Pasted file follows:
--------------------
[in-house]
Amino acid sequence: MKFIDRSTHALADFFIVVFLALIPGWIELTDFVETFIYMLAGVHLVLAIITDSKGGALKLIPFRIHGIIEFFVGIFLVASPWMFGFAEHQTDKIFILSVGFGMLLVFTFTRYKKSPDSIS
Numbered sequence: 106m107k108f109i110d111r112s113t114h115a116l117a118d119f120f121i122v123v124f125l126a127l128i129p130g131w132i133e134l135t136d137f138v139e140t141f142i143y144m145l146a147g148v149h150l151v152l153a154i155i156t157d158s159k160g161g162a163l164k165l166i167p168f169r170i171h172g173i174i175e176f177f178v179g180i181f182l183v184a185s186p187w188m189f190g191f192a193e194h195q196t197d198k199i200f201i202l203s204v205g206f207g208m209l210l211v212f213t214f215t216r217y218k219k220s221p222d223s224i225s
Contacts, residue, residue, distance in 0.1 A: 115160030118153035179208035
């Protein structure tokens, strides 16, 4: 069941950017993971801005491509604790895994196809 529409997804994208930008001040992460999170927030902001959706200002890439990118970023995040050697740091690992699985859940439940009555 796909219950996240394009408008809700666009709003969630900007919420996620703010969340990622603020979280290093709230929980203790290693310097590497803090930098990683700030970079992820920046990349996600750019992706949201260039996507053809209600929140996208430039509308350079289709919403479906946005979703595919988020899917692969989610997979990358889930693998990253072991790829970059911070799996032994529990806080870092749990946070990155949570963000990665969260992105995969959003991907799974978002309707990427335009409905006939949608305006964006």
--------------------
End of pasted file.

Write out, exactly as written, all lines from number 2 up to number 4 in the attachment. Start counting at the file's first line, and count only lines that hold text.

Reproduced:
Amino acid sequence: MKFIDRSTHALADFFIVVFLALIPGWIELTDFVETFIYMLAGVHLVLAIITDSKGGALKLIPFRIHGIIEFFVGIFLVASPWMFGFAEHQTDKIFILSVGFGMLLVFTFTRYKKSPDSIS
Numbered sequence: 106m107k108f109i110d111r112s113t114h115a116l117a118d119f120f121i122v123v124f125l126a127l128i129p130g131w132i133e134l135t136d137f138v139e140t141f142i143y144m145l146a147g148v149h150l151v152l153a154i155i156t157d158s159k160g161g162a163l164k165l166i167p168f169r170i171h172g173i174i175e176f177f178v179g180i181f182l183v184a185s186p187w188m189f190g191f192a193e194h195q196t197d198k199i200f201i202l203s204v205g206f207g208m209l210l211v212f213t214f215t216r217y218k219k220s221p222d223s224i225s
Contacts, residue, residue, distance in 0.1 A: 115160030118153035179208035